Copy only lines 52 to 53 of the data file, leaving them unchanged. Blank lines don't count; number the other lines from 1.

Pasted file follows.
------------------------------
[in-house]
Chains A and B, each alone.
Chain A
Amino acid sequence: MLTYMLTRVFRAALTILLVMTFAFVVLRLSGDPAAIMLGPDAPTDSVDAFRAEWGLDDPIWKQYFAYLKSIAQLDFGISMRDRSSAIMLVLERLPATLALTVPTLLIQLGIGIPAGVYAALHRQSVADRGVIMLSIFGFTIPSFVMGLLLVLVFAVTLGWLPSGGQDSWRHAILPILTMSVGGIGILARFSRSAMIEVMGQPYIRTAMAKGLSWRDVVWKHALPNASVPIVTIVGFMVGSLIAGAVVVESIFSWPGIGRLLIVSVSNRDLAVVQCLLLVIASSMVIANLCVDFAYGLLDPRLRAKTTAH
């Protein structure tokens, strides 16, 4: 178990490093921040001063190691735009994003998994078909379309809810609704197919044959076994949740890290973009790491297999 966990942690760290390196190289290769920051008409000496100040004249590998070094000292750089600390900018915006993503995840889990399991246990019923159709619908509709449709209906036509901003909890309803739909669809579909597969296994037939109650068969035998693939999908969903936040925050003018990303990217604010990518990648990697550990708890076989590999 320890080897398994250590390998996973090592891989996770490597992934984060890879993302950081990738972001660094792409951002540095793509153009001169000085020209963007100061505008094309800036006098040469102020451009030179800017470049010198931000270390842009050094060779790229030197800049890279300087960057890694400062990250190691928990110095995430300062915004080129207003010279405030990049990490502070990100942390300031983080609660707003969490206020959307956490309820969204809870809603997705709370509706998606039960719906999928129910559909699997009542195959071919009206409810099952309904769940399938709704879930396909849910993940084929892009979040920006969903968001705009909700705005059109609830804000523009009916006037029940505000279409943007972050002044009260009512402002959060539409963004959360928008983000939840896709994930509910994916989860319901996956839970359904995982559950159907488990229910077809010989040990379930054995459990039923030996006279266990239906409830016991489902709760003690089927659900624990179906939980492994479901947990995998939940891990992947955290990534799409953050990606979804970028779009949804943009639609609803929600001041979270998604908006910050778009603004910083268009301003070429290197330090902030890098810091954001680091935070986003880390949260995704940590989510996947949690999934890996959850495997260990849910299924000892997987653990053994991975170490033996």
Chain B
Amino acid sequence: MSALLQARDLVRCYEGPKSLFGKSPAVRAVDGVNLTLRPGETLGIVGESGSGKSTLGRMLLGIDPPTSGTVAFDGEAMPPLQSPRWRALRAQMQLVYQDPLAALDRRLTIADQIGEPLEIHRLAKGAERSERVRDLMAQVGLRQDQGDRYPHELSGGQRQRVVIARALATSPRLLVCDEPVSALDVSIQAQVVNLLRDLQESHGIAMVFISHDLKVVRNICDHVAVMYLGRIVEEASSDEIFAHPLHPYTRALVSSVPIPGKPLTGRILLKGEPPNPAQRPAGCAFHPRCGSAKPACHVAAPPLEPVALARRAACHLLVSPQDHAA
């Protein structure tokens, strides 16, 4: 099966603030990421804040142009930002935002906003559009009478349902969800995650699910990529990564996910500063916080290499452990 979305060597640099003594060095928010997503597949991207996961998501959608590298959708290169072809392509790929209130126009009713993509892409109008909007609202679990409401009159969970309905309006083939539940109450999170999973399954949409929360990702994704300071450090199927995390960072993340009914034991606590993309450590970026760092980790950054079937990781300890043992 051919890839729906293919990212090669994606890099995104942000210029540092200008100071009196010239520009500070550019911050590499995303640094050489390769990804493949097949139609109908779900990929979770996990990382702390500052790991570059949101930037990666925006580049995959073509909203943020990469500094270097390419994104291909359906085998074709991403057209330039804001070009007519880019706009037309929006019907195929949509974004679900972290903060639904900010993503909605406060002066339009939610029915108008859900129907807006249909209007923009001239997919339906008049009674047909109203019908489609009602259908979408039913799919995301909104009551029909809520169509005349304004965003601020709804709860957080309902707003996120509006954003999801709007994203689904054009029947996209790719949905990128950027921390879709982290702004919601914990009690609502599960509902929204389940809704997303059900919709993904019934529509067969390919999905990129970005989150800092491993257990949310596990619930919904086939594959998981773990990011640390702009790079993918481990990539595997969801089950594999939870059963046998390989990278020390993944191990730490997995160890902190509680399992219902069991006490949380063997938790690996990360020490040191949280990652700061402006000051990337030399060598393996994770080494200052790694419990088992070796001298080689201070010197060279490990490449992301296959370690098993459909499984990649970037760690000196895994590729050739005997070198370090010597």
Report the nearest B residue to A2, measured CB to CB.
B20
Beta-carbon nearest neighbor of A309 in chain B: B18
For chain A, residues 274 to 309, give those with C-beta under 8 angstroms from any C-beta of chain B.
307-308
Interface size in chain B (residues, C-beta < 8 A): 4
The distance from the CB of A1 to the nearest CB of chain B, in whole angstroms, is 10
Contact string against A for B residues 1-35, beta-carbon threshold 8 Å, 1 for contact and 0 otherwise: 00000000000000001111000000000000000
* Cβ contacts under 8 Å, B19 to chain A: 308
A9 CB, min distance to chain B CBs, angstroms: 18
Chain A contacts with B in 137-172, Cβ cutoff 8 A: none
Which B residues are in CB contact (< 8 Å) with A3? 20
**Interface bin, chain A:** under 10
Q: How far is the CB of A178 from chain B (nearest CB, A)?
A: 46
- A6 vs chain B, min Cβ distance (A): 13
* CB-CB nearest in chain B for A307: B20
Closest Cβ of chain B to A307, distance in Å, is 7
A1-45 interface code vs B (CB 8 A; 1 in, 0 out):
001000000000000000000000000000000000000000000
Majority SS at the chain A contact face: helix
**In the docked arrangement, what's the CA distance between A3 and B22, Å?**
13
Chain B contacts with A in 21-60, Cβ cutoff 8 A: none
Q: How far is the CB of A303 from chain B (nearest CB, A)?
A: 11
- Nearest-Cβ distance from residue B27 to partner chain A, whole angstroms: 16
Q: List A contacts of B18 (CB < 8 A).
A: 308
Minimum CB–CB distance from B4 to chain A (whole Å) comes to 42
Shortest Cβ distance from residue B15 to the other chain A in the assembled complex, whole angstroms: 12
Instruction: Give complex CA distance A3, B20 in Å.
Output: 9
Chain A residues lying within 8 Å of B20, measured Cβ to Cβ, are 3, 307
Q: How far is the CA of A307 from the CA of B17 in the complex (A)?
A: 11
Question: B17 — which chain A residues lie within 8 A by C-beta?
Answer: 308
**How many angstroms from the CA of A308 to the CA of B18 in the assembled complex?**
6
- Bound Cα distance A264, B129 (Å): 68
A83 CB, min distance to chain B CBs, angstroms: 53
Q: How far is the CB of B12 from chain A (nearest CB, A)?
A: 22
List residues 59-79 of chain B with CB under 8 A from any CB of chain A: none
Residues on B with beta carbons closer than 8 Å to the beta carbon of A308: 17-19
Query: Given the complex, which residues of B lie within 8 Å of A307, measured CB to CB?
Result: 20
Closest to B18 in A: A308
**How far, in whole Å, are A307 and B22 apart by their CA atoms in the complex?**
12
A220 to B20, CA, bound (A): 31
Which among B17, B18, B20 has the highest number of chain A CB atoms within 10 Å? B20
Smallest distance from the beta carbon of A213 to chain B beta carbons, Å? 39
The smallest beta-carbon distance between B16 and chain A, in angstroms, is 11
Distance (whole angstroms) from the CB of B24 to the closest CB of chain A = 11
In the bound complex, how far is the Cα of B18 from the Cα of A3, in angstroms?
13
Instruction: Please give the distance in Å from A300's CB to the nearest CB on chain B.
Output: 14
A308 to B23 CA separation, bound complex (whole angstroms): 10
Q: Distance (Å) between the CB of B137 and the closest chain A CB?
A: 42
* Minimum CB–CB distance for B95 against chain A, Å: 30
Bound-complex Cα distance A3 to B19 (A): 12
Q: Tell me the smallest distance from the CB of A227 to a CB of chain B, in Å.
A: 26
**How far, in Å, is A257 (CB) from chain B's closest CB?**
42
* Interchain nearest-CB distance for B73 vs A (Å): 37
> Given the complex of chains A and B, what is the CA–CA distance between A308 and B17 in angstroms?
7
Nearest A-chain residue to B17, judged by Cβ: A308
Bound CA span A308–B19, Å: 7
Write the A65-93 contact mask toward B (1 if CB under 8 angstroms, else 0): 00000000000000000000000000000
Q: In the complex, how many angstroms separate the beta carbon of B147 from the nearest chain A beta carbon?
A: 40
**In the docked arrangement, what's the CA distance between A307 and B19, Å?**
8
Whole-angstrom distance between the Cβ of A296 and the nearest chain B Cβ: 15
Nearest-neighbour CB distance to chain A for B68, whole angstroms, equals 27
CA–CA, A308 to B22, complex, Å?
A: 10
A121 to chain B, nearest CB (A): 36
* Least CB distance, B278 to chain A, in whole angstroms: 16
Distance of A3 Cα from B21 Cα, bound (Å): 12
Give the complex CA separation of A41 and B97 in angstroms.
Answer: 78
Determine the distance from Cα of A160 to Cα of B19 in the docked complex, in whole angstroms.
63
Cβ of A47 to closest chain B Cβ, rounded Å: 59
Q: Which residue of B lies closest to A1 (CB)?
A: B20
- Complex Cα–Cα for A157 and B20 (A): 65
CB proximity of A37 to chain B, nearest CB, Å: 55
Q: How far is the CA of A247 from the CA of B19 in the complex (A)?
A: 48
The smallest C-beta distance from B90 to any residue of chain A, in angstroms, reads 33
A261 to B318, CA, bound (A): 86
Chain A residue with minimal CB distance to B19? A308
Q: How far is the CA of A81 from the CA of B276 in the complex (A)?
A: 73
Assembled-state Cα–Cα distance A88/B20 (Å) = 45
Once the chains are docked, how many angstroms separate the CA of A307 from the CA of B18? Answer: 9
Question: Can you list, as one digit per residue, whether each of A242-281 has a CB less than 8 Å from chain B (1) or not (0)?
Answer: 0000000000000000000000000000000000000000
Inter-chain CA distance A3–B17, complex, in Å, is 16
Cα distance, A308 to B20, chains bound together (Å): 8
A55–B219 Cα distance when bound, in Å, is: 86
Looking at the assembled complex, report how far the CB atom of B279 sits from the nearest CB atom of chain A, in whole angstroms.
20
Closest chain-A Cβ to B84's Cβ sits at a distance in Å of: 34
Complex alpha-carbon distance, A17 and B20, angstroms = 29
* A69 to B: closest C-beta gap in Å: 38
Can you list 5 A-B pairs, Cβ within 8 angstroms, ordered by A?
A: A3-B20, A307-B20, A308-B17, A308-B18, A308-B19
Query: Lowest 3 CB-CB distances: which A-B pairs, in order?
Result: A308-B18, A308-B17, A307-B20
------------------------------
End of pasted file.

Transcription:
A: 22
List residues 59-79 of chain B with CB under 8 A from any CB of chain A: none